It has been 2 weeks since I took part in the 5th Obstacle Course Race World Championships (O.C.R.W.C.) and what another unforgettable O.C.R.W.C. it has been. For the first time it was held in the UK at the grounds of Nuclear Races in Brentwood, Essex. There are four events: The 3K, 15K, team relay and charity event. The first two events one can only take part in by qualifying for it, and participants come to compete from 60 different countries.

The friendship, atmosphere and encouragement were phenomenal yet again, just like last year in Canada - what a beautiful sport!! Everyone just comes together when the going gets tough and it is easy to make friends with like-minded people. The participants are inspiring humans who give 100% every day out on the course, with some doing all 4 events. With runners cheering on and motivating each other, alongside a large crowd of supporters, the atmosphere was incredible and we had superb weather for the time of year too. 

Friday 19th October saw the 3K event which was packed with about 25 obstacles including some technical obstacles such as low rigs with rings and so on. It was as usual upper body heavy, some "flying" and swinging was required, there was some mud to negotiate and speed was needed to do well to finish well within the ranks. The main aim though, for most participants including myself, was to keep hold of the (wrist)band which gets cut if one is unable to successfully complete an obstacle. In this case a participant becomes a DNC (Did Not Complete) which is shown as a DNC within the results in a separate ranking. There are re-try options to complete an obstacle available. The 2nd aim is to complete all obstacles successfully in one go in order to save energy for the main event the following day - the 15K event. Despite my knee injury, which was nicely taped up, I managed all obstacles in one go, conserved some energy and kept the (wrist)band. So far so good!

Saturday 20th October, main event day, 15K with 100 obstacles within a 4 hour cut off, plenty of mud and water and extra support from friends and family. I was so thankful that my children were there to witness the Championships and to capture and cherish some memorable moments.

On the morning of the event I woke up with a somewhat numb left shoulder which was due to muscle (bicep femores) tightness and an old injury. This was being taken care of by taping the area prior to the event which was part of the reason I missed the start for my age group by about 30 seconds. No real problem but I was starting last which caused a bit of a delay early on whilst doing a 25kg weighing wreck bag carry up and down for about 1km through the woods. All being well I thought my biggest test for my shoulder injury would be on the first upper body heavy obstacle. I managed that ok with no pain in my shoulder at all. I felt I now had a 50% chance in successfully completing the course. I carried on and at the 9K point I knew I should be able to make the 4 hour cut off time so I decided to run the remainder as a calculated energy saving event. En-route I slipped up on completing the rings obstacle in one go but completed it second time around. All ok until obstacle 97, skull valley. This was the last main test for the upper body heavy obstacle left which I slipped up at but again managed to complete properly second time around. I was about 3 hours and 25 minutes into the event and was feeling it physically but I thought job done as I knew the last bits would be fine, or so I thought...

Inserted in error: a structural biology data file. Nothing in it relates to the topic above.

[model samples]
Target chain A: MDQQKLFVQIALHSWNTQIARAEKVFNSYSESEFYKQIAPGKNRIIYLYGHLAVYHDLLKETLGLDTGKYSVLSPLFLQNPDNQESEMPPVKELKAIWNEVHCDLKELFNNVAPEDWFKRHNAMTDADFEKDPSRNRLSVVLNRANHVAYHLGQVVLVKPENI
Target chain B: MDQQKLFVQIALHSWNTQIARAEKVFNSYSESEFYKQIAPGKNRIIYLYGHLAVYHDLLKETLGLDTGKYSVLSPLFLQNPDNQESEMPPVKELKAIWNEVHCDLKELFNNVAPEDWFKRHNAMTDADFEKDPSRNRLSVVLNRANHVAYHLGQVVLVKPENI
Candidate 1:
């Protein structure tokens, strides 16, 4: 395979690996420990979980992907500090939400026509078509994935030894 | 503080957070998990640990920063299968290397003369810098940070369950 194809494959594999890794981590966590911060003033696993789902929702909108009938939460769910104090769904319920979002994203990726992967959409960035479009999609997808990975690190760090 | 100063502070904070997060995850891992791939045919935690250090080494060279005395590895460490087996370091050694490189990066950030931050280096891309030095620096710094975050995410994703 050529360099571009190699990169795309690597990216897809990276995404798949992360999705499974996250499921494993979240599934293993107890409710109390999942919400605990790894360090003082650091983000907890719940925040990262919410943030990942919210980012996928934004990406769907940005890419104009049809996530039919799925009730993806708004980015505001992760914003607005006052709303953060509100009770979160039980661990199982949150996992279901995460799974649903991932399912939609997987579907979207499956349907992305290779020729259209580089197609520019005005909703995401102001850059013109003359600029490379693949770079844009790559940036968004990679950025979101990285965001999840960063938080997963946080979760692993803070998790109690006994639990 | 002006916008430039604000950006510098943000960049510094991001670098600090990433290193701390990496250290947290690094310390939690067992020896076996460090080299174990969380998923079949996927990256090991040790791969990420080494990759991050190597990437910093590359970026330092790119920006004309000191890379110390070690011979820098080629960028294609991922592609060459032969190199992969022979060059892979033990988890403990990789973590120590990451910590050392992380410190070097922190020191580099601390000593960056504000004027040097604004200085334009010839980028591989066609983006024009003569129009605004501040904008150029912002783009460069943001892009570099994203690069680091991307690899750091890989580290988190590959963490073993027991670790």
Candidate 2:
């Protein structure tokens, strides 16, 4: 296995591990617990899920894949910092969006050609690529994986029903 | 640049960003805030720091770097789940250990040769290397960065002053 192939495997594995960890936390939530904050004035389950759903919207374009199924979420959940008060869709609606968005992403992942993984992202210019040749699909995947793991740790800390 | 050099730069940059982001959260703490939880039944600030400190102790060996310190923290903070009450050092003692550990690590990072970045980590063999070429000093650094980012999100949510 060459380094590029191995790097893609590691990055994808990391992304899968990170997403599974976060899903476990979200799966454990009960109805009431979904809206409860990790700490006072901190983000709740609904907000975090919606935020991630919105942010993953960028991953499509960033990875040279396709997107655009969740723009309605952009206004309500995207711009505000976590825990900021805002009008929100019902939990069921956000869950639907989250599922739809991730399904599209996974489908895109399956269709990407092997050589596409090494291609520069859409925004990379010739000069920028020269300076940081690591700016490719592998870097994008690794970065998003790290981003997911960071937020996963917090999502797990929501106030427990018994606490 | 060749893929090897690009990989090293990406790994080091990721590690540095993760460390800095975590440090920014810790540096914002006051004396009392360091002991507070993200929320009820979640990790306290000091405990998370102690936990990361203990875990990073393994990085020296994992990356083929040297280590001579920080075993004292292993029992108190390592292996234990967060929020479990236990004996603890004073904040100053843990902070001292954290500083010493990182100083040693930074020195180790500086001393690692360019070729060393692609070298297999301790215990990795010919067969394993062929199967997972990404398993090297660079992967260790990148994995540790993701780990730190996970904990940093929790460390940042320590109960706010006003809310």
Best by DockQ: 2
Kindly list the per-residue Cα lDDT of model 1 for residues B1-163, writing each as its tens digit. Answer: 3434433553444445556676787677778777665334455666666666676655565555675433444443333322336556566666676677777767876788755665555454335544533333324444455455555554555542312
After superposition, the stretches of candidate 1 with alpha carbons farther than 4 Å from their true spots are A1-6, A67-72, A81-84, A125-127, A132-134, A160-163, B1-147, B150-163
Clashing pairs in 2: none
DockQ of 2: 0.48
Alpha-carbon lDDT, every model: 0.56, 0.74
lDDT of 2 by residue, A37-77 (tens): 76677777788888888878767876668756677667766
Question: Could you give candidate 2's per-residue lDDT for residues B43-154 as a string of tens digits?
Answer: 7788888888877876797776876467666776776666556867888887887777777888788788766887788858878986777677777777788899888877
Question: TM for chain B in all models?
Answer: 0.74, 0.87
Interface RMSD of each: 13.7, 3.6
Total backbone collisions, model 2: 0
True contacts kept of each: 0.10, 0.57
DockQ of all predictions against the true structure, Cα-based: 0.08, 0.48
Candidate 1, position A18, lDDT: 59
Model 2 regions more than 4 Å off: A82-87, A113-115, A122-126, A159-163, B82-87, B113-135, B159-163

This course wears you down, slowly zapping energy away from your body, like a boxer being nearly knocked out just before the last round of the fight. You get knocked down but you must get up again! Well, the last obstacle is a wall about a house high with a rope hanging from it about 2m heigh. On the Friday I managed to complete this obstacle in 5 seconds but this last obstacle was troubling me. Troubling as after 2 days of events everything was now very slippery wet and muddy - the run up, the wall, the rope...

All participants are tired and completely soaked in wet mud and my shoes had no grip either due to all the mud being stuck under them. I tried getting up the wall about 3 times but knew that it wasn't going to work this way. Fellow participants experienced the same, tried everything and threw even dry sand on the wall, the rope to try to improve grip strength somewhere. Some participants gave up and walked around the wall to the finishing line but that was the last thing I wanted to do with about 200 people watching at the other side of the wall at the finishing line. I took some rest, analysed it all, looked at my shoes and as I had time on my hands I decided to completely clear my shoes from mud. I found a little stone, it took 10 minutes to clear my shoes as I cramped up a little during this process. Then I gave it my best run up the wall and managed to conquer also this last, the 100th, obstacle. All obstacles completed, kept my (wrist) band, mission accomplished!

Less than 50% within my age group completed the 15K course successfully, no female managed to complete it successfully within my age group, 60% of men managed to complete this successfully in all age groups. Less than 30% of males in the 50+ age group managed to complete it successfully so it would be a real challenge next year when I am in that age group. 

So my goal for next year is to complete the 15K course successfully and if my body has no real issues my aim would be a top 25 place. The O.C.R. W.C. will be held again at the same venue in Essex next year, so will be great to have the UK support once more!     


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